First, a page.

‘Extreme heat is putting pressure on antiquated and ill-equipped NHS buildings’, warns Dr Layla McCay
A spike in Covid absences and the extended heatwave have left NHS hospitals and ambulance services struggling to cope.
The hot weather is also driving more patients to A&E departments, and callers are being urged not to use 999 except in serious emergencies.
Tout 10 ambulance trusts in England are on black alert, the highest level, while health leaders warn that “ill-equipped” hospital buildings are struggling to store medicines correctly amid the abnormally high temperatures.
Martin Flaherty, managing director of the Association of Ambulance Chief Executives, mentionné: “The NHS ambulance sector is under intense pressure, with all ambulance services operating at the highest level of four within their local resource escalation action plans, normally only ever reserved for major incidents or short-term periods of unusual demand.
“Severe delays in ambulance crews being able to hand over their patients at many hospital emergency departments are having a very significant impact on the ambulance sector’s ability to respond to patients as quickly as we would like to, because our crews and vehicles are stuck outside those hospitals.”
“Added to this, we have a number of staff absences due to a rise in Covid cases as well as additional pressure caused by the current hot weather, which is making things even tougher for our staff and of course the patients they are caring for.”
One trust executive in the South West warned the pressure this summer was mounting and that the heatwave could be the “tipping point.”
Il ajouta: “We’ll start to see lots more numbers coming through, so I think we’re at a tipping point where we may well have to cancel some electives.”
Several hospital trusts, and whole regions are also on black alert level and warning patients to stay away from A&E, as their services struggle with Covid-driven staff shortages and the high temperatures.
Doctors have also reported to L'indépendant that more elderly patients are being impacted by the heatwave, with A&E departments seeing older patients attending departments this week.
NHS Blood and Transplant, which declared an alert over blood stock levels last week, warned donations typically drop by 10 à 15 per cent in the hot weather.
Figures show Covid levels have reached a new record high for the pandemic, avec une moyenne de 351,000 people being infected each day, according to the latest incidence figures from ZOE Covid study.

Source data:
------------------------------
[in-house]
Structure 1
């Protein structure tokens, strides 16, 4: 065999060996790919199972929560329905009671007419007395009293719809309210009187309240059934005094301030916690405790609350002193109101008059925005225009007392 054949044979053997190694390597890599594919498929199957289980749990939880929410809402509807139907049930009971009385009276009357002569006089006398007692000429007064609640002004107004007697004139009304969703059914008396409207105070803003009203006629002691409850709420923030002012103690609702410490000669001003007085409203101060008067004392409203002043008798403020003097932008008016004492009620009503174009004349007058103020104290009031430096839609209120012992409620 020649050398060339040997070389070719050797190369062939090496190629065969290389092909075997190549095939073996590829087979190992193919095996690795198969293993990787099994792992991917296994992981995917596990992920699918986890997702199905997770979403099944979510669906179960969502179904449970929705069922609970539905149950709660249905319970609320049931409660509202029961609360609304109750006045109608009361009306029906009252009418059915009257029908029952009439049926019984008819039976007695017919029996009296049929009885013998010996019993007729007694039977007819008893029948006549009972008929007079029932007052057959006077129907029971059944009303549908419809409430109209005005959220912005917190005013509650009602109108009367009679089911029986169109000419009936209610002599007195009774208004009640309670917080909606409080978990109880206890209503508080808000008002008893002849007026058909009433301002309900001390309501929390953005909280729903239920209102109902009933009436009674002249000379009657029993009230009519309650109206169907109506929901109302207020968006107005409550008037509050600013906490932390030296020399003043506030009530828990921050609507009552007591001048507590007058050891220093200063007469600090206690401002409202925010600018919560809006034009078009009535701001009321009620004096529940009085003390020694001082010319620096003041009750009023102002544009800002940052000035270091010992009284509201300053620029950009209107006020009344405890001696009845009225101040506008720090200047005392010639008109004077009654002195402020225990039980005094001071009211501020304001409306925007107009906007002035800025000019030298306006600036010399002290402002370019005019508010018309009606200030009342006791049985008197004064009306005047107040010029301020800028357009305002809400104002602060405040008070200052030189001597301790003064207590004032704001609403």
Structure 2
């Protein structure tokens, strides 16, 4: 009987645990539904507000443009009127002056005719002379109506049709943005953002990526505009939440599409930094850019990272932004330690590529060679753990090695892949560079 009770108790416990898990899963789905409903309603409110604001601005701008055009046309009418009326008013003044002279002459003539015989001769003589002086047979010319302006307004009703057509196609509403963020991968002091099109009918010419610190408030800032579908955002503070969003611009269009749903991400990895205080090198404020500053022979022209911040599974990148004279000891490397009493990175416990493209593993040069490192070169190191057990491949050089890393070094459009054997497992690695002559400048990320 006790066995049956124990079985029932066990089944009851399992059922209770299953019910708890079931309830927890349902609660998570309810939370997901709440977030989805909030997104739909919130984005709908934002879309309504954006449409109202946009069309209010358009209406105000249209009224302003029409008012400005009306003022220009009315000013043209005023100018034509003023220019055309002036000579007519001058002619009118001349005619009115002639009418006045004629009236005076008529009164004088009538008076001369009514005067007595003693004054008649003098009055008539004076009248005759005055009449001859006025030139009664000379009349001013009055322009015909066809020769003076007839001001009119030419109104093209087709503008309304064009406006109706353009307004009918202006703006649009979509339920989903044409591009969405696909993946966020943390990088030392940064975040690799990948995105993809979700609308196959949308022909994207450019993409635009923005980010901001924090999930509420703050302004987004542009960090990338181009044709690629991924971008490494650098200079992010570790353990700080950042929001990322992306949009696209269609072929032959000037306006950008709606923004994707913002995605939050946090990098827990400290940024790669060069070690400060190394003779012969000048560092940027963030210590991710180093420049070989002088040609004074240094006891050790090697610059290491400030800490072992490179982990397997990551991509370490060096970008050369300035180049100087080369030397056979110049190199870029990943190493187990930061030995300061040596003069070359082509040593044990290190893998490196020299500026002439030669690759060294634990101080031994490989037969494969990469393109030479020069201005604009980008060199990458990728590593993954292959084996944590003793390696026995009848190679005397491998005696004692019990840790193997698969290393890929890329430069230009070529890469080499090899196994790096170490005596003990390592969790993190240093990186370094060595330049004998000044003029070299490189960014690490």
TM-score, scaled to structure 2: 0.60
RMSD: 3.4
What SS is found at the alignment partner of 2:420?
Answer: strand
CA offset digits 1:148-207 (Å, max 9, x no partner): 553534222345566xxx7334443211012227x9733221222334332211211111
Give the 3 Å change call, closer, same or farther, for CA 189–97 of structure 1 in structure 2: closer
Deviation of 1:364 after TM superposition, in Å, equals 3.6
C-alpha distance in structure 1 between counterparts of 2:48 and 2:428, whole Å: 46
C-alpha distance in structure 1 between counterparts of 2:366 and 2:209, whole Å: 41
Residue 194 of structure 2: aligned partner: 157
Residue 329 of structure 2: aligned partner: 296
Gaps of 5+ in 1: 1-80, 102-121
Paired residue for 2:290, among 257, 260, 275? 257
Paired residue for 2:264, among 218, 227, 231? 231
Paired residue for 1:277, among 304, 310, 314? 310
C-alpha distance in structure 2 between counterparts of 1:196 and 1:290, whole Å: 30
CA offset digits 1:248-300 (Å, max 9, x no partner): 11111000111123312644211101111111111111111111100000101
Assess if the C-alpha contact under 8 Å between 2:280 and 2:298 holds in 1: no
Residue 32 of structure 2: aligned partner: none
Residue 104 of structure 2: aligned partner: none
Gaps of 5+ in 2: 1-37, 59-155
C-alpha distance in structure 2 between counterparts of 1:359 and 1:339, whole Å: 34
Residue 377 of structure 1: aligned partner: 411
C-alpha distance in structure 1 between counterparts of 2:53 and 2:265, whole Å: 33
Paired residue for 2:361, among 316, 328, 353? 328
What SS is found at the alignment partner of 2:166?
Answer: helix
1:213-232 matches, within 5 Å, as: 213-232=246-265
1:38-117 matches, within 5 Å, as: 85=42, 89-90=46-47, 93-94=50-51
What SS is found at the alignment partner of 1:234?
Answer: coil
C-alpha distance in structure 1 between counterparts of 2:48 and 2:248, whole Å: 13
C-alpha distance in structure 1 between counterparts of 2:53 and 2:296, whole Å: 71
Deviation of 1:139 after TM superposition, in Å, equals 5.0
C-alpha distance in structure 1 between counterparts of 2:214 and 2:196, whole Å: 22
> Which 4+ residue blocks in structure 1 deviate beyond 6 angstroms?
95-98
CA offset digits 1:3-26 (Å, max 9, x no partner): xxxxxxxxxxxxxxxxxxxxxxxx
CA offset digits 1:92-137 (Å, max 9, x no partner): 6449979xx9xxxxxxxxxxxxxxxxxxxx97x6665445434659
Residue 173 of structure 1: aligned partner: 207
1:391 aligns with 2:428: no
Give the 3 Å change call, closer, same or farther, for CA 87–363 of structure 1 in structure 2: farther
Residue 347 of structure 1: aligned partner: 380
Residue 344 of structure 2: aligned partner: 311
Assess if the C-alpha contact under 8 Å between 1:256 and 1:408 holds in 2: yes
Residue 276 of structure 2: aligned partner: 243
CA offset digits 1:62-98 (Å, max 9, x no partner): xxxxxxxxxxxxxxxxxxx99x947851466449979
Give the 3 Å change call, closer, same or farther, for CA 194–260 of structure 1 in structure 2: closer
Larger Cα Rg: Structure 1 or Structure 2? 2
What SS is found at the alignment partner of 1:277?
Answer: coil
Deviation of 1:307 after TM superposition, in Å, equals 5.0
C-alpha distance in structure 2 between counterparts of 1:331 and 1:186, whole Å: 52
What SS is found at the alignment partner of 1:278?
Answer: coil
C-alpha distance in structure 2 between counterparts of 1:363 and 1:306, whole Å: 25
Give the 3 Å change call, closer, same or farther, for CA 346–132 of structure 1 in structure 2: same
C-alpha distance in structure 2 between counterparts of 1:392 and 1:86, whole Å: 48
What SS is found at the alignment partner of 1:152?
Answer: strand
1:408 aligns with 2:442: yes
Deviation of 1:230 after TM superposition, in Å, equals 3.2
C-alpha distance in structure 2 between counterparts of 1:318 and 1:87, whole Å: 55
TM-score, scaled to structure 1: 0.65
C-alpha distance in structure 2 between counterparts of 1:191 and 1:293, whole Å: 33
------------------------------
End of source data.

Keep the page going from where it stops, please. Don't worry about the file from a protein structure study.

Dr Layla McCay, director of policy at the NHS Confederation, Raconté L'indépendant: “As well as a surge in demand, the extreme Chauffer is also putting additional pressure on the often antiquated and ill-equipped NHS buildings and estates.
“We know that as temperatures rise, NHS organisations across the country are struggling to store medicines, aliments, lab kits and IT equipment at the right temperatures.”
Elle a ajouté: “Rising Covid cases means that staff sickness and absences are going up very quickly, and lasting for longer, at a time when the NHS is already plagued by chronic staff shortages and carrying 105,000 vacancies.
“In some parts of the NHS normal staff sickness rates have doubled. Combined with the extra effects of the heatwave on many in our communities the health service is once again experiencing extremely heavy demand.”
Miriam Deakin, interim deputy chief executive at NHS Providers, mentionné: “All the signs point to a very challenging summer, autumn and winter for an under-pressure NHS as the strain on beds and overstretched staff increases.
“If the heatwave hits people’s health hard it will heap more pressure on services – particularly ambulance services for which demand is always high in hot weather – already dealing with recent weekly rises in the number of patients admitted to hospital with Covid-19.”
L'indépendant understands that, at one trust in the east of England, NHS bosses have been alerted over the impact of the current heatwave on the ability to store medicines at the correct temperatures.
A trust source said they were surprised at the “lack of awareness in hôpitaux of the importance of keeping all medicines and drugs below specific temperatures,” adding that many older buildings are likely to have “limited” air conditioning and use storage facilities that could easily warm up amid a record-breaking heatwave.
“Old storage facilities built in times where room temperature was the norm for all ordinary medicines … could be very hot,” the source said.
The Care Quality Commission, the UK’s health and social care regulator, has identified multiple hospitals in recent years which have struggled to consistently maintain the appropriate temperatures for medicine storage.